The Value of Cytochrome P450 2C19 Pharmacogenomic Information for Patients Receiving Clopidogrel Therapy following a Major Cardiovascular Event: Evidence from Geisinger
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Chapter in forthcoming NBER book Economic Dimensions of Personalized and Precision Medicine, Ernst Berndt, Dana Goldman, and John Rowe, editor
Dual antiplatelet therapy, combining a P2Y12 inhibitor and aspirin, is central to the management of patients with acute coronary syndromes. Clopidogrel is a commonly prescribed thienopyridine P2Y12 inhibitor used to prevent secondary events following a myocardial infarction / percutaneous coronary intervention. Clopidogrel effectiveness has been linked to proper function of metabolic enzyme cytochrome P450 2C19 (CYP2C19). Testing for CYP2C19 genetic changes that result in decreased activity has been proposed as a mechanism by which to identify clopidogrel non-responders a priori. Robust real-world studies evaluating the impact of genotype-guided antiplatelet selection on clinical, utilization and outcome metrics are lacking.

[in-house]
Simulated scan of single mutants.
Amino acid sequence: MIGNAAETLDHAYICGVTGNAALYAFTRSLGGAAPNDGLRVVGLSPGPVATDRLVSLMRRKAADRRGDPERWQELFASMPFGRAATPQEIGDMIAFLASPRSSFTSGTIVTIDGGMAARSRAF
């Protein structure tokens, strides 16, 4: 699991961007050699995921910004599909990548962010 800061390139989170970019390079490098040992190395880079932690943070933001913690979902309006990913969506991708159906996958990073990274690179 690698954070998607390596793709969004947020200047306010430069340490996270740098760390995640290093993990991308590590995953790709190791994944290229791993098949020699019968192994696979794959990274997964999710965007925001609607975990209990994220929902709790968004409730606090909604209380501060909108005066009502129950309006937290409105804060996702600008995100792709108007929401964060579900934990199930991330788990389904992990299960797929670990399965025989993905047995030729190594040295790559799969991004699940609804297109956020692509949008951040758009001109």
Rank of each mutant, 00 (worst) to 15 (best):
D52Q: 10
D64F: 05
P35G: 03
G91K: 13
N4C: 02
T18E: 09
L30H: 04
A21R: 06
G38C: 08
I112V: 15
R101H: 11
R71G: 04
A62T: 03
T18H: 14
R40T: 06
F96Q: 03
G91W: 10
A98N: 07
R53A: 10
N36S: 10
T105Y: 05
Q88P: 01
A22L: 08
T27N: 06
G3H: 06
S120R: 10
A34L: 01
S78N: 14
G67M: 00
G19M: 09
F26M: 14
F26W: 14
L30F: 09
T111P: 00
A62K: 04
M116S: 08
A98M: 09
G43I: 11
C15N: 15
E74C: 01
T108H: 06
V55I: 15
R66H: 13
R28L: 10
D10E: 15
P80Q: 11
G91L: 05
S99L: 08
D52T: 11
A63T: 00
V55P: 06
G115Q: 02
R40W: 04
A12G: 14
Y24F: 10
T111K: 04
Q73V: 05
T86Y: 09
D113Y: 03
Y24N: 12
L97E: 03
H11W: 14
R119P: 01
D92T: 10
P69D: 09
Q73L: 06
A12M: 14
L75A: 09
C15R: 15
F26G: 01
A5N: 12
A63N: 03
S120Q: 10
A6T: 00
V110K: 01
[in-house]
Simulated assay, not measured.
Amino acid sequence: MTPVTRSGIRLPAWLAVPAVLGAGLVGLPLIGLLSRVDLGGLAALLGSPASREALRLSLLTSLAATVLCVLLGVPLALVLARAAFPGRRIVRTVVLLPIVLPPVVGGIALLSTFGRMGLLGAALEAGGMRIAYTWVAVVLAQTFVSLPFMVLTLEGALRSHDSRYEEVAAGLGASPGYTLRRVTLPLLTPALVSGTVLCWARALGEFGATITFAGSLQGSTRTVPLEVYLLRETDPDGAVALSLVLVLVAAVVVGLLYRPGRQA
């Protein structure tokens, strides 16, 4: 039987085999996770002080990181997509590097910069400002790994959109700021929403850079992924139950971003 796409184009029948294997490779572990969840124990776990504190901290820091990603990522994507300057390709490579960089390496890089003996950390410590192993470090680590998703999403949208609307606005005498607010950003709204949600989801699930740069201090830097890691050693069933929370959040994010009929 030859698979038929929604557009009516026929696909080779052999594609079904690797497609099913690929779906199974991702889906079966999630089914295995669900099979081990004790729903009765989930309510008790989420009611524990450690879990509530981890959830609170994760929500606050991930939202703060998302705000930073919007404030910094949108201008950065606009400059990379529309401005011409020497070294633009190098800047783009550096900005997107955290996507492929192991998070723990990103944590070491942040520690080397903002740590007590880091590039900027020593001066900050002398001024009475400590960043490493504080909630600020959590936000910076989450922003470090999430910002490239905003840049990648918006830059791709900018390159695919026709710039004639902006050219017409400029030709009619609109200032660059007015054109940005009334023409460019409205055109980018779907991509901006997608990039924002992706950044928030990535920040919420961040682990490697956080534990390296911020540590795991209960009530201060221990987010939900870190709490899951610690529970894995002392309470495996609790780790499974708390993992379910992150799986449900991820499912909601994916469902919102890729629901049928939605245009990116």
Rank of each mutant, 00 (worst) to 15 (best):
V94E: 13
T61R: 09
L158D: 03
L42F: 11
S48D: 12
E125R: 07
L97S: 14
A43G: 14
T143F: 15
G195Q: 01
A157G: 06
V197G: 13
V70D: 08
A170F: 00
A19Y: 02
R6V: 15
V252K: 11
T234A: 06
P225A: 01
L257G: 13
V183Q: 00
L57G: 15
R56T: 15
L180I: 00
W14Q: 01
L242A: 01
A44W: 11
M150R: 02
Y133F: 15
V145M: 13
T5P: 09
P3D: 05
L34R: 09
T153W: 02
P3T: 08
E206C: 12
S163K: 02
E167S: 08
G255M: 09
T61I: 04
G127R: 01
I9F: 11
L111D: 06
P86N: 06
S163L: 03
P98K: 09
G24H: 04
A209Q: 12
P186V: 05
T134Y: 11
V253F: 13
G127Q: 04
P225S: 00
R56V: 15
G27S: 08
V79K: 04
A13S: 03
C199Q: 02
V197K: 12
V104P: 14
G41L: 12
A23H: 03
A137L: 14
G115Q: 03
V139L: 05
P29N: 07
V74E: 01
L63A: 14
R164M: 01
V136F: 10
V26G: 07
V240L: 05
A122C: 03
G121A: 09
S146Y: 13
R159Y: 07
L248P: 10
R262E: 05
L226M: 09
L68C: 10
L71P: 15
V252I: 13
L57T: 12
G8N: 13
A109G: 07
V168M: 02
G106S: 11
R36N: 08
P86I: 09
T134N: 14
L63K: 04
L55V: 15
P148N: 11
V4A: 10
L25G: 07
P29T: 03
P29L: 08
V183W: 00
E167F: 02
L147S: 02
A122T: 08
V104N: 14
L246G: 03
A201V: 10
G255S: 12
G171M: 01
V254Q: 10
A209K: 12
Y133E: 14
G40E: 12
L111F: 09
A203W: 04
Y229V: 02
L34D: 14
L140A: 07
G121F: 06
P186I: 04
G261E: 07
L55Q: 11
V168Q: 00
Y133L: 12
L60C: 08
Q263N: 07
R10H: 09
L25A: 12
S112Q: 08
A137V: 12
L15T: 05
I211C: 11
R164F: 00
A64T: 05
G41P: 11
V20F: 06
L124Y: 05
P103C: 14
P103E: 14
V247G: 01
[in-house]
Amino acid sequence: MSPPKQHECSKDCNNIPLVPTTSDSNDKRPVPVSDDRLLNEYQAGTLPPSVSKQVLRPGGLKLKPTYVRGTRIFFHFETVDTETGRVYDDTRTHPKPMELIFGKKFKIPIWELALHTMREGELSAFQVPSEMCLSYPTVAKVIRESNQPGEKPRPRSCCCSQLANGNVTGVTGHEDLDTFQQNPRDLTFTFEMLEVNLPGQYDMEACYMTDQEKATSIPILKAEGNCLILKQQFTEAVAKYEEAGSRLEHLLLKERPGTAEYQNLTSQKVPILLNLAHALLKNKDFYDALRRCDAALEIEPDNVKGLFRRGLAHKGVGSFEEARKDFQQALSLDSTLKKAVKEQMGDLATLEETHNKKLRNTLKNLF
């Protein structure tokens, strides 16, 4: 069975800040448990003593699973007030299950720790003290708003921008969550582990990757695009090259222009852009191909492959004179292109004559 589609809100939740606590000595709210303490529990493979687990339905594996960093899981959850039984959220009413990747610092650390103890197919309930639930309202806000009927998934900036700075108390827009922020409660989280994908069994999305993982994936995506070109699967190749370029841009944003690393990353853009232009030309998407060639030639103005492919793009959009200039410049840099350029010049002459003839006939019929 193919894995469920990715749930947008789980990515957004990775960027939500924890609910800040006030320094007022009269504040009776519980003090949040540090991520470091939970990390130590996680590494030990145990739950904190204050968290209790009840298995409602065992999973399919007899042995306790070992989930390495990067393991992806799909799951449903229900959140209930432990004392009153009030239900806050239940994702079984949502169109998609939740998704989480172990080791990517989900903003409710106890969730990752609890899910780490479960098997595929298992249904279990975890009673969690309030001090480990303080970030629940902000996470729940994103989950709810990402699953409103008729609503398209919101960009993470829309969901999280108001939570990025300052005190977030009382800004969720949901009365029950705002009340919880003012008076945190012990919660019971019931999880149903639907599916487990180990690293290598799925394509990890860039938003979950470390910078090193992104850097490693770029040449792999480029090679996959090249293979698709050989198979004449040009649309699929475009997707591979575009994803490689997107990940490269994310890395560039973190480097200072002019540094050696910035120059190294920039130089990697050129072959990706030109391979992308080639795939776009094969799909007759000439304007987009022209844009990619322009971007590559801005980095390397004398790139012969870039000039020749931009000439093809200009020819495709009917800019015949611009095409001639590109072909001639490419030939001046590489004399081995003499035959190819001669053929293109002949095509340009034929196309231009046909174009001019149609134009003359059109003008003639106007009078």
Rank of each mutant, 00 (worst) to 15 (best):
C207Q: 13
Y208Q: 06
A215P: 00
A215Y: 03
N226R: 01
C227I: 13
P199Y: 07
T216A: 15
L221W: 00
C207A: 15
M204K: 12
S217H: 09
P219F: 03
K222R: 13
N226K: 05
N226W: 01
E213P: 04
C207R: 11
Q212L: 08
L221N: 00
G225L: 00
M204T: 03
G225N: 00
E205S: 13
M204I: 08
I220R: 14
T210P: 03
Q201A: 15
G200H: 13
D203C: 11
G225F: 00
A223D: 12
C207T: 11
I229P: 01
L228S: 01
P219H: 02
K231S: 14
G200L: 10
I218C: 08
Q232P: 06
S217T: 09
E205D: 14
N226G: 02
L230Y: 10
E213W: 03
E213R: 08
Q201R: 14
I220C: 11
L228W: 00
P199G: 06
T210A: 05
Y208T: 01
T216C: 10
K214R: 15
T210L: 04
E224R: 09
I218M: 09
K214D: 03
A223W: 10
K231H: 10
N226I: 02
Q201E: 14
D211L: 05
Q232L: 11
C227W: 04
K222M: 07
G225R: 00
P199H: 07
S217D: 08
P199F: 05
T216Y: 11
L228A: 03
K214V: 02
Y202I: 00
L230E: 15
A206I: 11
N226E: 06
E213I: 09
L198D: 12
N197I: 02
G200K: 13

Approach: We linked clinical and financial data on a cohort of 2,595 Geisinger patients who were prescribed antiplatelet therapy without pharmacogenomic insight. Leveraging post-hoc, research-generated pharmacogenomic information, we describe the potential value of pharmacogenomic information in the selection of clopidogrel as the P2Y12 inhibitor therapy.
Major Results: Among patients examined, CYP2C19 loss of function did not predict the probability of follow-on adverse events, clinical utilization or total medical costs within the 12 months after clopidogrel initiation in adjusted or crude analysis.
Conclusion: Universal CYP2C19 pharmacogenomic testing to inform P2Y12 selection following an MI / PCI index event within the Geisinger patient population studied would not have led to improved clinical outcomes, decreased health care utilization or lower total medical cost.
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